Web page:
Finally, it is proposed that the definition of "investment firm" shall be restricted to EEA firms only. Because MiFID does not expressly require that non-EEA firms must not benefit from a more favourable treatment than EEA firms, HM Treasury suggests deleting the existing Article 4(5) RAO provision. In consequence, non-EEA firms would be able to rely on exclusions from the authorisation requirement not otherwise available to EEA firms under the MiFID override (see above). Specifically, non-EEA firms carrying on significant activities in the UK would be able to benefit from the Article 69 RAO group exclusion while EEA firms could not (because Article 69 is disapplied for "investment firms" under the MiFID override). By way of example, a UK branch of a US company would be allowed to engage in certain intra-group dealings/activities in the UK subject to the Article 69 RAO exclusion whilst a UK firm would not. The proposals are likely to create a significant competitive advantage for non-EEA firms over EEA firms. We consider that some firms may feel particularly strong about these proposals and may wish to submit their comments to HM Treasury.
Operating an MTF
HM Treasury is also consulting on whether or not to introduce the activity of operating an MTF as a separate RAO activity for the sake of greater clarity. Strictly speaking, this is not required for implementing purposes as firms operating facilities that are MTFs within the meaning of MiFID are currently covered by articles 14 (dealing as principal), 21 (dealing as agent) and/or 25 (arranging) RAO.
The list of derivative financial instruments in the RAO must be widened. At this stage HM Treasury proposes to extend articles 83, 84 and 85 of the RAO to cover those options, futures and contracts for differences that are not within the scope of existing legislation. This is done by way of cross-reference to the relevant list of instruments in MiFID itself. This approach is likely to be an interim solution until the Level 2 text defining the boundaries between the various MiFID derivative instruments will be finalised.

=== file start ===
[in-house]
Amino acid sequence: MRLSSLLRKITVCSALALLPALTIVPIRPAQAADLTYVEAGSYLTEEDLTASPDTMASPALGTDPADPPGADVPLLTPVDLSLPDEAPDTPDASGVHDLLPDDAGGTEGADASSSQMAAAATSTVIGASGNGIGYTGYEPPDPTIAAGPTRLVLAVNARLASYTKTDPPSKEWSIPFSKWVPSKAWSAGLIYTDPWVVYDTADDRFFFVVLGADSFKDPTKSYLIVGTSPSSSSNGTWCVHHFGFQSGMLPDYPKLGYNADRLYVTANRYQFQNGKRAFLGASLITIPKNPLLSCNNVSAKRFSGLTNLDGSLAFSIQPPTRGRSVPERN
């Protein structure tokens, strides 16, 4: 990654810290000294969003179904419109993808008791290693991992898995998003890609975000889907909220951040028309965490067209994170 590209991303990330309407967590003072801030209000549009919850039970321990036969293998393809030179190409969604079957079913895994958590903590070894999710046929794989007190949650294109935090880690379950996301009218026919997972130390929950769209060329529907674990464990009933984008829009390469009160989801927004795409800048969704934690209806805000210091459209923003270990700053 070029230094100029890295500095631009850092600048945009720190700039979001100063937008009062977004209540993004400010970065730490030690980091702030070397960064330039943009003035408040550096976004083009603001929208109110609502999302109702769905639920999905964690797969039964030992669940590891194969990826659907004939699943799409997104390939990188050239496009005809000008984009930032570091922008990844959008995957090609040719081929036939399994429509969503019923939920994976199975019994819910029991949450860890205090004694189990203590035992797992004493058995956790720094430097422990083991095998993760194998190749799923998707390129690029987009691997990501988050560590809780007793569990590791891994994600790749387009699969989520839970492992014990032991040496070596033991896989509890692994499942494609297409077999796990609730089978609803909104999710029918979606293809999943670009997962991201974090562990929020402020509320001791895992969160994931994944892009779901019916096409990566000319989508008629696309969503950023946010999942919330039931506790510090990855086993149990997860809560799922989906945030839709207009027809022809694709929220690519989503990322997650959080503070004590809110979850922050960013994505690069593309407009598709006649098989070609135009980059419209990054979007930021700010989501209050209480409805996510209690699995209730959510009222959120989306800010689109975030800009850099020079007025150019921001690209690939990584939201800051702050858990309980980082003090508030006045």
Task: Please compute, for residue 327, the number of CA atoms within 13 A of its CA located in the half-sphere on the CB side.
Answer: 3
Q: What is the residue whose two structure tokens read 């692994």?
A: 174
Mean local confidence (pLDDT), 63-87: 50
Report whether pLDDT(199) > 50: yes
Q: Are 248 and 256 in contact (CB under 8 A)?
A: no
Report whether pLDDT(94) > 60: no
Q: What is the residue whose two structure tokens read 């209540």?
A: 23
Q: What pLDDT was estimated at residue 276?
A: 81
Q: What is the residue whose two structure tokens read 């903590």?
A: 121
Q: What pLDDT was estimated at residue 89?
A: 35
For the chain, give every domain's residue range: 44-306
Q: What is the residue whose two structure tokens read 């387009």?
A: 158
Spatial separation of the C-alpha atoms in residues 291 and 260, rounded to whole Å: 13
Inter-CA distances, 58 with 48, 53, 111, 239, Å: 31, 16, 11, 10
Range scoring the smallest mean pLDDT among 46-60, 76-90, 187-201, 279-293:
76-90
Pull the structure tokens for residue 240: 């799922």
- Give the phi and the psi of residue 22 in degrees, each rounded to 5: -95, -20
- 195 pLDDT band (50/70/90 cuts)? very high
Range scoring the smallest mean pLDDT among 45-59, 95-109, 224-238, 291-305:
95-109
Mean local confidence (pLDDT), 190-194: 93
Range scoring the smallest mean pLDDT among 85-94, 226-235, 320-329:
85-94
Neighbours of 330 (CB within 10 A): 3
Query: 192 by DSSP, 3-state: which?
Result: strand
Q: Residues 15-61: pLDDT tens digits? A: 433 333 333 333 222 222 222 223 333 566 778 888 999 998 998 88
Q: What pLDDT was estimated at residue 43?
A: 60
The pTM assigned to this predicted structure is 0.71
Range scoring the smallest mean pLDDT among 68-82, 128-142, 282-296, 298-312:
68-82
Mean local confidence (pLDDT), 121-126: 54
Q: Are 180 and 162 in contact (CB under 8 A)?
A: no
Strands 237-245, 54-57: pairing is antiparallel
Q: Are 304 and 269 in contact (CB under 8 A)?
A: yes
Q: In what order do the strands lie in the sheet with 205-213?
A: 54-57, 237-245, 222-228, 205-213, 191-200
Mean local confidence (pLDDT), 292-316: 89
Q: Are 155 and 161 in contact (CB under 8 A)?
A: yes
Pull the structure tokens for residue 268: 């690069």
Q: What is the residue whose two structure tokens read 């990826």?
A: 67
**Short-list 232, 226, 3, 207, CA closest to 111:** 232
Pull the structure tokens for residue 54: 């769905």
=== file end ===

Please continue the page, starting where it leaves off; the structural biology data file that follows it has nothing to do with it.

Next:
HM Treasury proposes that, as of 1 November 2007, authorised persons will automatically have their existing Part IV permissions 'switched' to the new regime. Operators of alternative trading systems which constitute MTFs will be treated as having a Part IV permission to operate an MTF whilst investment firms, credit institutions and UCITS management companies will have their Part IV permissions extended to cover the wider range of financial instruments in MiFID. The automatic extension of existing permissions will be subject to an opt-out which firms will have to exercise between 1 April 2007 and 1 October 2007 if they do not wish to become an MTF or otherwise consider aspects of the extension unsuitable.
Implementing authorisation and operating conditions for investment firms
MiFID implementing measures will require changes to the rules relating to the form and content of marketing communications. Under current legislation, FSA has power to make financial promotion rules only in certain circumstances. HM Treasury is seeking views on whether the existing restriction on FSA's rule making power in this field should be lifted generally (HM Treasury's suggested approach) or with regard to MiFID firms only. Lifting the restriction generally would involve 'gold plating' of the Directive whilst a partial removal of the restriction for MiFID firms would create a regulatory imbalance between UK firms in respect of the same financial promotion.
HM Treasury further proposes to implement the tied agent regime by amending the legal framework for appointed representatives under section 39 FSMA and the Appointed Representatives Regulations. Essentially, appointed representatives/tied agents will only be exempt from FSA authorisation if entered on a public register and the scope of activities that may be carried on by tied agents will be broadened to include the activity of placing financial instruments and providing advice to clients in relation to the placing of financial instruments.
Implementing MiFID requirements concerning enforcement and cooperation powers
For MiFID implementation purposes FSA requires extended enforcement and supervisory powers as a host state regulator over EEA firms passporting into the UK where they contravene MiFID requirements. FSA will be responsible for enforcing compliance of incoming branches providing services in the UK and under current proposals would therefore have extended powers of intervention/disciplinary powers over them. The proposed rules also implement the intervention process set out in MiFID in respect of EEA firms passporting into the UK on a services basis; FSA's extended intervention powers in this regard include the right to take all appropriate measures needed to protect investors and/or the proper functioning of the financial markets if measures taken by the incoming firm's home state regulator fail to remedy the situation or prove inadequate.